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Special Presentations
11am, 1pm & 3pm | KVCC Texas Township Campus

Join us on April 29th in KVCC’s Dale B. Lake Auditorium for three presentations by these esteemed authors, eclipse experts, and world-renowned eclipse chasers. All together, they have witnessed 60 total solar eclipses!




11:00 am Presentation:



Eclipses of Sun and Moon have been the subject of omens and awe throughout human history. We've told stories of why they happen and when they occur that over time have allowed us to predict them with amazing accuracy. The moments of brief beauty that are a hallmark of total solar eclipses have allowed us to measure our world, and understand the nature of others. In this tradition we continue to study and be amazed by their occurrence and this year the All-American Eclipse will be no different.

About the Speaker:
Tyler Nordgren is a Full Professor of Physics and Astronomy at the University of Redlands. While earning his PhD in astronomy at Cornell University, Dr. Nordgren has used modern observatories around the world as part of his research. He has written peer-reviewed articles on subjects ranging from dark matter in galaxies to the pulsation of stars that are the foundation of our understanding of the size and age of the Universe.  In 2004, NASA’s Spirit and Opportunity rovers landed on Mars carrying sundials, or “Marsdials” on board which Dr. Nordgren helped design with a team of seven other scientists and artists. A third Marsdial that Dr. Nordgren helped design is onboard NASA’s newest rover, Curiosity. In 2011 Dr. Nordgren was elected to the Board of Directors of the International Dark-Sky Association (IDA) the premier organization dedicated to protecting and preserving dark starry skies around the world. Dr. Nordgren now regularly tours the national parks giving talks to visitors and rangers alike educating both on the beauty of the night sky and how our national parks open a window on the Universe beyond. Dr. Nordgren most recent book is Sun Moon Earth: The History of Solar Eclipses from Omens of Doom to Einstein and Exoplanets.





1:00 pm Presentation:




Few events in the lexicon of Nature have the intensity and beauty of a total solar eclipse. Over the course of a few magical minutes, the solar glare is blocked to reveal a facet of the Sun’s personality that can only be appreciated by those along the path of the shadow. In those fleeting seconds, time seems to race ahead, and before the mind fully grasps the spectacle, it is suddenly over and gone, perhaps until the next eclipse. This presentation will prepare the observer for the race of visual treats — a timeline of events to watch for and remember: the oncoming shadow, the changes in lighting, the solar corona and chromosphere, sun-bright beads in lunar valleys, blood-red prominences, and ephemeral shadow bands with the hope that at least some will be sought out and remembered in the two minutes of totality.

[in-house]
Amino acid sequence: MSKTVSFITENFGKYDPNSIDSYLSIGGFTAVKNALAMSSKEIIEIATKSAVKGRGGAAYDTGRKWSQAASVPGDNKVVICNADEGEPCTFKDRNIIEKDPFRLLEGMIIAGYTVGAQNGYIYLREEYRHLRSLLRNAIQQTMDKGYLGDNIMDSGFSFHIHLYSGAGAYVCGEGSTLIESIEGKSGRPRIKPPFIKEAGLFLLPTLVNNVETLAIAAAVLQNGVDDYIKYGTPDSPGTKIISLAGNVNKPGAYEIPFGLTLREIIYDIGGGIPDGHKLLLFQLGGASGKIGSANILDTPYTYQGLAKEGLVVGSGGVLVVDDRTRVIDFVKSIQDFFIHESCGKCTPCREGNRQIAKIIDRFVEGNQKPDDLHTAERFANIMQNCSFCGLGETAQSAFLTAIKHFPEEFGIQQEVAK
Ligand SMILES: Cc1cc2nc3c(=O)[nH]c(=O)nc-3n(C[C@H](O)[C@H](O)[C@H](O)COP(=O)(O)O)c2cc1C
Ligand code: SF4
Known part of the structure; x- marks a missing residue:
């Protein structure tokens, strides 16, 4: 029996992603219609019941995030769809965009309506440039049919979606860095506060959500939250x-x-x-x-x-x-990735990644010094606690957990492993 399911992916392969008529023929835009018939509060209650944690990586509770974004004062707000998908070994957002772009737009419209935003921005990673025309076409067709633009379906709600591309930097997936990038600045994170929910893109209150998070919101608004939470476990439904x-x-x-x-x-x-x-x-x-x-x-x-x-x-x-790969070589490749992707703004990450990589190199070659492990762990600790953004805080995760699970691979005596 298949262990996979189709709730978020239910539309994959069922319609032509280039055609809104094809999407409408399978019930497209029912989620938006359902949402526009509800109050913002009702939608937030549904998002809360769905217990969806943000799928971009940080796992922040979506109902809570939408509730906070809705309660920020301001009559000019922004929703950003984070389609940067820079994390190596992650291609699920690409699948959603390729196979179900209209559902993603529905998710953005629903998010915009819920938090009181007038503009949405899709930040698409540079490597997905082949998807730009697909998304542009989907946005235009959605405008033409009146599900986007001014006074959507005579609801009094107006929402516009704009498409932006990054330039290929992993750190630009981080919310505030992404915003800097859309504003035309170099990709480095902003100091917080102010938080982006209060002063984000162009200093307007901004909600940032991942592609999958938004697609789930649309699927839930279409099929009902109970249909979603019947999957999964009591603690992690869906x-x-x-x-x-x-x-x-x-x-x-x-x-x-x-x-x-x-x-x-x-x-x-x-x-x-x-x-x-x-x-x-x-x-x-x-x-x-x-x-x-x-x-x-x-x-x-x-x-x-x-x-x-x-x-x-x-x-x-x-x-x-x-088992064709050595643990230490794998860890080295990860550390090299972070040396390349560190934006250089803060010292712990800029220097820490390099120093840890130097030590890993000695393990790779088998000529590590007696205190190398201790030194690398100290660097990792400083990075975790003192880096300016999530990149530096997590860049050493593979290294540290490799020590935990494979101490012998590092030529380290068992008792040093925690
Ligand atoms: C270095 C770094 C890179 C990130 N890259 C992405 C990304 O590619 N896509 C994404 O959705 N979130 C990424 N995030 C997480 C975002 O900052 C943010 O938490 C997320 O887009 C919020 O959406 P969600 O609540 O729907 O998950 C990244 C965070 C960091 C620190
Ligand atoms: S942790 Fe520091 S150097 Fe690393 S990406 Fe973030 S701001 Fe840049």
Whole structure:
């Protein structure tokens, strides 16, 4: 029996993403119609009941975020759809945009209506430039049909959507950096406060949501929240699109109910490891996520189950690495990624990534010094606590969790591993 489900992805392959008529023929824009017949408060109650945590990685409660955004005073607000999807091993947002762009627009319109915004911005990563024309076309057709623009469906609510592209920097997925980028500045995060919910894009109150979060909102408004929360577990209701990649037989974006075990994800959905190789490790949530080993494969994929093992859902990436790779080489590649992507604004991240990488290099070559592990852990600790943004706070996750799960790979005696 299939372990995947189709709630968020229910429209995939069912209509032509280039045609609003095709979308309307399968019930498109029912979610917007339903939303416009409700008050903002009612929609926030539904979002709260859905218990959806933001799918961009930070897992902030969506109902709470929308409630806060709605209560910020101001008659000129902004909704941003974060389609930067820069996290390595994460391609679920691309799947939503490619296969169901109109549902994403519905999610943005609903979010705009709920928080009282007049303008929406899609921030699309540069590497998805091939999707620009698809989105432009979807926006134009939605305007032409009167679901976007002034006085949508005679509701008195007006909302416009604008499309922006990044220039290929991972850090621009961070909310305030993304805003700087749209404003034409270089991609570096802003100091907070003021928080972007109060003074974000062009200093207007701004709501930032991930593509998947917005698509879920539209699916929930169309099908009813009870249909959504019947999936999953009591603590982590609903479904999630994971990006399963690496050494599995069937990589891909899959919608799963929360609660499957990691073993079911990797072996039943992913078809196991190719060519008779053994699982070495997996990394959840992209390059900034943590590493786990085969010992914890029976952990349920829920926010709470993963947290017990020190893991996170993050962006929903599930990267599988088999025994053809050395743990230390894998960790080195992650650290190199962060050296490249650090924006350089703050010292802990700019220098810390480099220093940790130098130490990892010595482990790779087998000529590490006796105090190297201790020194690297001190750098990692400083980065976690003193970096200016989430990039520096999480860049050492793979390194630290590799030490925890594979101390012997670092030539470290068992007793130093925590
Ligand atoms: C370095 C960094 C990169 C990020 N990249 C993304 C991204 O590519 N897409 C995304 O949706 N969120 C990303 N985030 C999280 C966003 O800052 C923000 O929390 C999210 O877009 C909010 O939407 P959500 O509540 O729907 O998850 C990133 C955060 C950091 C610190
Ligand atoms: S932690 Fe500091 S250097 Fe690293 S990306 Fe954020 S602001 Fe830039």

About the Speaker:
Jay Anderson is a Canadian meteorologist and avid eclipse chaser who, for nearly forty years, has published  studies of the climate along eclipse tracks to help those who want to place themselves in the most favorable place to view the passage of the lunar shadow. These studies were originally incorporated into the circulars of the USNO, and then, with co-author Fred Espenak, by NASA. Jay has a BSc in Physics and Astronomy from the University of British Columbia, and a Master’s Degree from the University of Manitoba. With Fred Espenak, he is co-author of Eclipse Bulletin: Total Solar Eclipse 2017, the replacement for the past government circulars. Since his first eclipse in 1979, Jay has traveled the world with his wife Judy to stand under the shadow of the Moon; the eclipse on August 21st will be his 30th.




3:00 pm Presentation:




On August 21, 2017, a total eclipse of the Sun will be visible from the contiguous United States from Oregon to South Carolina. A total eclipse of the Sun is arguably the most spectacular astronomical phenomenon visible to the naked eye.

How often do eclipses occur and where can they be seen? When will the USA see its next total eclipse? What can eclipses tell us about the Sun and its mysterious corona? Espenak has spent the past 47 years chasing eclipses around the world. He will share some of his eclipse experiences with us through photos and video, including his most recent expedition to Indonesia in 2016. He will also give us a preview of upcoming total solar eclipses beyond 2017.

About the Speaker:
Fred Espenak is a retired NASA astrophysicist from NASA's Goddard Space Flight Center where he worked with infrared spectrometers to probe the atmospheres of the planets. He is also known as "Mr. Eclipse" because of his work on predicting and observing solar eclipses. He has written over a dozen books on eclipses including his most recent Eclipse Bulletin: Total Solar Eclipse of 2017 August 21. Espenak also runs 3 websites on eclipse prediction: EclipseWise, eclipse photography and astrophotography. Over the past 47 years he has witnessed 27 total eclipses of the Sun. In 2003, the International Astronomical Union honored Espenak by naming asteroid 14120 after him. Espenak now lives in Portal, Arizona where he operates Bifrost Astronomical Observatory.